Europe is currently experiencing escalating political and military tensions that are rekindling fears of war between Russia and NATO. Any such conflict would inherently include a risk of nuclear weapons use. The Stimson Center, partnered with Project High Hopes, is examining the results of such nuclear exchanges and, more importantly, developing initiatives to avoid such catastrophes.
Vladimir Putin has revealed that he was prepared to use nuclear weapons in the Ukraine crisis and would protect ethnic Russian populations through any means necessary. There are significant ethnic Russian populations in Estonia and Latvia with a history of disagreements and some conflict with the national governments. Any armed conflict between a Russian secessionist movement and a Baltic gov-ernment could provide Russia an excuse for military intervention, which could easily devolve into a war with NATO and a risk of nuclear use.
Illustratively, one could imagine a scenario we call Escalation in Estonia, beginning with the seizure by pro-Russian rebels of local government buildings. Responding to an Estonian request, NATO mobi-lizes against the rebels, and Russian troops move across the border. Desperate to end the conflict before more NATO forces can arrive, in conformity with its doctrine “escalate to deescalate,” the Russians launch two nuclear-armed missiles on NATO forces. NATO, in turn, responds with two nuclear bombs delivered by US B-2 bombers on Russian military headquarters within Estonia. As a result, Tallinn is largely destroyed and nearly 100,000 civilians and military service men and women could be expected to die as a result of the conflict and its aftermath.
In a second illustrative scenario Russia, perceiving NATO to be divided and irresolute, purposefully sponsors unrest in the Baltics to start a Regional War with the goal of regaining control of all the Baltic states, as well as Ukraine. Both sides begin large-scale mobilizations and Russian forces move into the three Baltic nations. As major NATO reinforcements arrive in Poland and the Baltic states, Russia re-sorts to nuclear weapons and NATO retaliates in kind. After an exchange of 20 nuclear weapons, the conflict leaves nearly one million dead with long-lasting impacts on the region’s environment, econo-mies, and health.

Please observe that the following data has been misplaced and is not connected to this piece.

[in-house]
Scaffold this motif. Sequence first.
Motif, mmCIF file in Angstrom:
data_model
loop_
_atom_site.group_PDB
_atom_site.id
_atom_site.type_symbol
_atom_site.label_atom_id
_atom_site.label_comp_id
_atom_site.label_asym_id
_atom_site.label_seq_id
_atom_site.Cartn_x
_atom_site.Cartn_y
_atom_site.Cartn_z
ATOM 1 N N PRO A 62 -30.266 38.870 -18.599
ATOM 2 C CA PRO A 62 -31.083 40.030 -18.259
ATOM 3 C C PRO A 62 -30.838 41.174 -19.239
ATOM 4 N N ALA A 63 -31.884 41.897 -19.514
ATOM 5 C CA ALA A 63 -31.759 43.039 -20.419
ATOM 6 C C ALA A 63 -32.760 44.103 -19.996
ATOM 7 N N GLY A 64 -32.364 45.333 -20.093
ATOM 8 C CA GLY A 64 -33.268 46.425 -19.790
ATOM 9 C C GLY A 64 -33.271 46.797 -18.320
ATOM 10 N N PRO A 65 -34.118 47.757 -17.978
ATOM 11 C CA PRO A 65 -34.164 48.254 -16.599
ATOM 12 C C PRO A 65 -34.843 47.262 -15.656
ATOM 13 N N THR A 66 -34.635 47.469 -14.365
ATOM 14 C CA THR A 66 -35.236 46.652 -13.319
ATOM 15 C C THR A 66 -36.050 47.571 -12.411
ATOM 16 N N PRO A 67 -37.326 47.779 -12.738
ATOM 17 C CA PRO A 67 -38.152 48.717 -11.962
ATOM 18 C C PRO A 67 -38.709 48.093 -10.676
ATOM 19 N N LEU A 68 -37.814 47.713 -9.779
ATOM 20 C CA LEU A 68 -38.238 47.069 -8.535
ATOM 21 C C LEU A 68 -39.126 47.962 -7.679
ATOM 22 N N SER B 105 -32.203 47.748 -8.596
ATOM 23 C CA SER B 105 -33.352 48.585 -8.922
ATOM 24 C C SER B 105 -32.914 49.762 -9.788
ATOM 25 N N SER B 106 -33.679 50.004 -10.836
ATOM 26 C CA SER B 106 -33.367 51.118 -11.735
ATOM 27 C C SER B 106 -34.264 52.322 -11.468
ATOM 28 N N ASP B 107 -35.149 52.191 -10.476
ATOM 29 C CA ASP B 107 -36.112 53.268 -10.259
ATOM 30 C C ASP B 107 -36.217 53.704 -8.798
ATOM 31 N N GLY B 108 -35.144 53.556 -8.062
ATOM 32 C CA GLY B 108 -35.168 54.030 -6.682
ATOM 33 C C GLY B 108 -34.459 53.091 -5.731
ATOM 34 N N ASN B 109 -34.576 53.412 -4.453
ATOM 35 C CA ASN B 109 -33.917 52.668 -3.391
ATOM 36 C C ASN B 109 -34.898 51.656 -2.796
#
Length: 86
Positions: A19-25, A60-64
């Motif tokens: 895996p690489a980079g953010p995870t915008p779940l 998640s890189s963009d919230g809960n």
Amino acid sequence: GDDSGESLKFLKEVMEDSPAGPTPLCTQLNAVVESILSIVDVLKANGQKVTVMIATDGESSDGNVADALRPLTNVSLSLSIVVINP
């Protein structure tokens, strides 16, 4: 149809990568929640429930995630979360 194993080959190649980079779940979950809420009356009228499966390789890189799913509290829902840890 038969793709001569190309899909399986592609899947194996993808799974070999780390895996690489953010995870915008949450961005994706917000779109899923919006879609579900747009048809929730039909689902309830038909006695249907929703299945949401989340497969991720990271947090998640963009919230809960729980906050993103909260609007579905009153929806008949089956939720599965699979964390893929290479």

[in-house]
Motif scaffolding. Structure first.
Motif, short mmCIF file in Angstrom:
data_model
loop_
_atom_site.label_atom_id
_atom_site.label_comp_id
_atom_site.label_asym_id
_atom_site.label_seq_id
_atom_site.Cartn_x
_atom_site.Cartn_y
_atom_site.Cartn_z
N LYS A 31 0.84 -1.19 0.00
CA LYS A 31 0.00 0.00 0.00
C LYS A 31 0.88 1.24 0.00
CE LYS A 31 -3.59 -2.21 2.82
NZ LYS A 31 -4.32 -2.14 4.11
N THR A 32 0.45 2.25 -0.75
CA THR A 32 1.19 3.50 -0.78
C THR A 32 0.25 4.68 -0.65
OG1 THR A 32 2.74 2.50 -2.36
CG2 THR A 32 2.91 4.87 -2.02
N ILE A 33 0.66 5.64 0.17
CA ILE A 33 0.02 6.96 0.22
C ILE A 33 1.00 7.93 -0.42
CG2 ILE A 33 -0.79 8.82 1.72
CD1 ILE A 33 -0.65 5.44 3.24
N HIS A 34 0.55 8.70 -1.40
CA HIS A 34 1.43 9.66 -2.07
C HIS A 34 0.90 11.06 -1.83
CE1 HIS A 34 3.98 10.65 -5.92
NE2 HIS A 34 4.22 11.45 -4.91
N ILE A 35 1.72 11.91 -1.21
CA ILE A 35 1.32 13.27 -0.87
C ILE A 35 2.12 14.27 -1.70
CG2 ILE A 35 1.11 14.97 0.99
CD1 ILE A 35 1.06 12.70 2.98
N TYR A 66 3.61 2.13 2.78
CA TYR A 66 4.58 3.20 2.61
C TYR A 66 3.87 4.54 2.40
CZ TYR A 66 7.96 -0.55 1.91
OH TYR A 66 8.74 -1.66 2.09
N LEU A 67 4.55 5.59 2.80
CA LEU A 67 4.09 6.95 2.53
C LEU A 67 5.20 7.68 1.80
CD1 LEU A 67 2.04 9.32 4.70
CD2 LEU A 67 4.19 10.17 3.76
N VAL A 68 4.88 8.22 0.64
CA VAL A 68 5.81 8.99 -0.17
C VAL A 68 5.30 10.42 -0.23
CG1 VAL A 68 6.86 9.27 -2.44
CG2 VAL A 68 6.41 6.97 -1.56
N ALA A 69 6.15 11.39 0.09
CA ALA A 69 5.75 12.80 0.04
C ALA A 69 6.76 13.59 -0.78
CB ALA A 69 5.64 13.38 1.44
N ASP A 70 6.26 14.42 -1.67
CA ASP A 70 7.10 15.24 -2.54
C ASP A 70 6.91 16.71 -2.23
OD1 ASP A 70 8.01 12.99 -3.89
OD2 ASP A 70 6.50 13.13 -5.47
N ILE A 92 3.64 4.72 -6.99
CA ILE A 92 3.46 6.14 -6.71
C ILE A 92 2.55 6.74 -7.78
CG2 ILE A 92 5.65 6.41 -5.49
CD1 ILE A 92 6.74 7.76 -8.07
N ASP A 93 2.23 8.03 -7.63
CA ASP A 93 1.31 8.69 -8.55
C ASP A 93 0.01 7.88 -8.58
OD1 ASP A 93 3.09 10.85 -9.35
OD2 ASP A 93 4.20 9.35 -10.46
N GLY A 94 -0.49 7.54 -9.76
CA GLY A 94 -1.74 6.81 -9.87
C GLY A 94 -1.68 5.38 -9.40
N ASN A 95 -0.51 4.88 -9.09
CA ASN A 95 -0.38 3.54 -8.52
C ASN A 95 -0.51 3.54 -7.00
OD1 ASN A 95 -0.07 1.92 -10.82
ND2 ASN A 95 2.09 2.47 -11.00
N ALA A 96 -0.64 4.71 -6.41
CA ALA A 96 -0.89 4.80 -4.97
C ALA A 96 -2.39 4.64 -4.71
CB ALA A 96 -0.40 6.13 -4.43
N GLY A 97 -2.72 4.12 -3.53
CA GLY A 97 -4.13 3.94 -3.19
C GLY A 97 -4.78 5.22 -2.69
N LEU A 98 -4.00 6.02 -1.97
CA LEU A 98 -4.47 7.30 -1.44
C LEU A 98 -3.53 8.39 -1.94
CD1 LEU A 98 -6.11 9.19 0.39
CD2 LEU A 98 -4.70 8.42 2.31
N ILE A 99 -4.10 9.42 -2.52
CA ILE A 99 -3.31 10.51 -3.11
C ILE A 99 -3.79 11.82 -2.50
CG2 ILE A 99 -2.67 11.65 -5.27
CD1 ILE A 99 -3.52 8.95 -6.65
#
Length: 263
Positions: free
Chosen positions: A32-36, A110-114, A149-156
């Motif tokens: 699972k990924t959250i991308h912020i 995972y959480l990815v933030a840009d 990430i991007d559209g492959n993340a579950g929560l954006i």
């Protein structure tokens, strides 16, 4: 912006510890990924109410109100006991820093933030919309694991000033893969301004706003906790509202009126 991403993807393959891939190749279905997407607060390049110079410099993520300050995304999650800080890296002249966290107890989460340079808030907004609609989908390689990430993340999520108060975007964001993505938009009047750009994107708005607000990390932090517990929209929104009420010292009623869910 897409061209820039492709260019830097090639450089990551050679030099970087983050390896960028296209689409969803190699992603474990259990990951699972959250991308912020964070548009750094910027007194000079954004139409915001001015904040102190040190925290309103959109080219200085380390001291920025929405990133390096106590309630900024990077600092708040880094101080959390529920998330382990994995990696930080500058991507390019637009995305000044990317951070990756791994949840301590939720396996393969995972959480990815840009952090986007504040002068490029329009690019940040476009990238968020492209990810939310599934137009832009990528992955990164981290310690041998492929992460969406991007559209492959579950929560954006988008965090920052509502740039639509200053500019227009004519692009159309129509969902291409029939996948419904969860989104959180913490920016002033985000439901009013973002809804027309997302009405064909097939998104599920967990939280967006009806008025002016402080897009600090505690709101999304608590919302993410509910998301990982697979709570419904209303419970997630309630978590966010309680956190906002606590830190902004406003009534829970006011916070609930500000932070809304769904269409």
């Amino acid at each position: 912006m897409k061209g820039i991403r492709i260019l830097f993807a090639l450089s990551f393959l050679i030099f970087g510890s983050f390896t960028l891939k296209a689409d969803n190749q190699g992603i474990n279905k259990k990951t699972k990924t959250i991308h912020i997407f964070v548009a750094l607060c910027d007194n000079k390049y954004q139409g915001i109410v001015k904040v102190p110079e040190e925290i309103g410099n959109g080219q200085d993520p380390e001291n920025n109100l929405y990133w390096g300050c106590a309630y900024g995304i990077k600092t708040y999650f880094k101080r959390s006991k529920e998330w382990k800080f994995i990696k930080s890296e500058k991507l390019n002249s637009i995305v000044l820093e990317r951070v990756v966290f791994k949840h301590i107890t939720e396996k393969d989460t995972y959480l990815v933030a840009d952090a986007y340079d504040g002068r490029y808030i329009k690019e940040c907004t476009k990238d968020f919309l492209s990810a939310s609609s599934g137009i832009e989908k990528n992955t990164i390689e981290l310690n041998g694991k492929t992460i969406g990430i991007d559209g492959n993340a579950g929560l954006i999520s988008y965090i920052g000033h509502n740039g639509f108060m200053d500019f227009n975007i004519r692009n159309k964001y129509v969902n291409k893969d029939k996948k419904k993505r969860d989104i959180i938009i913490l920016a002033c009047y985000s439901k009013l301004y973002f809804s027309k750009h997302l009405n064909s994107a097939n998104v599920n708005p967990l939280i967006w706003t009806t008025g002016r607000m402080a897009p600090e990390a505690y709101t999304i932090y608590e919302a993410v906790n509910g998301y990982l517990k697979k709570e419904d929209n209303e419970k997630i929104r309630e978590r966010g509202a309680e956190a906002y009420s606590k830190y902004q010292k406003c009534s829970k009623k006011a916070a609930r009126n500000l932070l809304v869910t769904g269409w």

Although the risk of such conflicts and nuclear use is small, it is essential to reduce these dangers even further. Two initiatives could help. First, NATO should strengthen the conventional military capabilities it is able to move quickly into the Baltic region, so that Russian leaders would be unlikely to believe they could seize Baltic capitals so quickly that NATO would be unable to respond. For in-stance, equipment for an armored brigade could be pre-positioned in each Baltic nation and battalions rotated through on temporary deployments for joint exercises. A US division headquarters also could also be established in Poland, along with support units, to provide coherence to the Baltic brigades. Additionally, full NATO fighter squadrons could be rotated through the Baltic nations and other near-by NATO nations on a near-continuous basis.
Second, the region’s governments should examine the possibility of establishing a Baltic Nuclear Weapons Free Zone (NWFZ). Implementing such a zone would necessitate removal of Russian weap-ons from Kaliningrad and NATO nuclear weapons from Germany; all other nations bordering the Baltic are already nuclear free. While difficult in current geo-political circumstances, pressures for NWFZ negotiations could direct the regional security dialogue toward a positive goal and away from the current escalatory rhetoric. A large swath of the globe is already protected by NWFZs. Many were created without the initial support of key nations and once established, provided a continuing source of pressure for comprehensive enactment.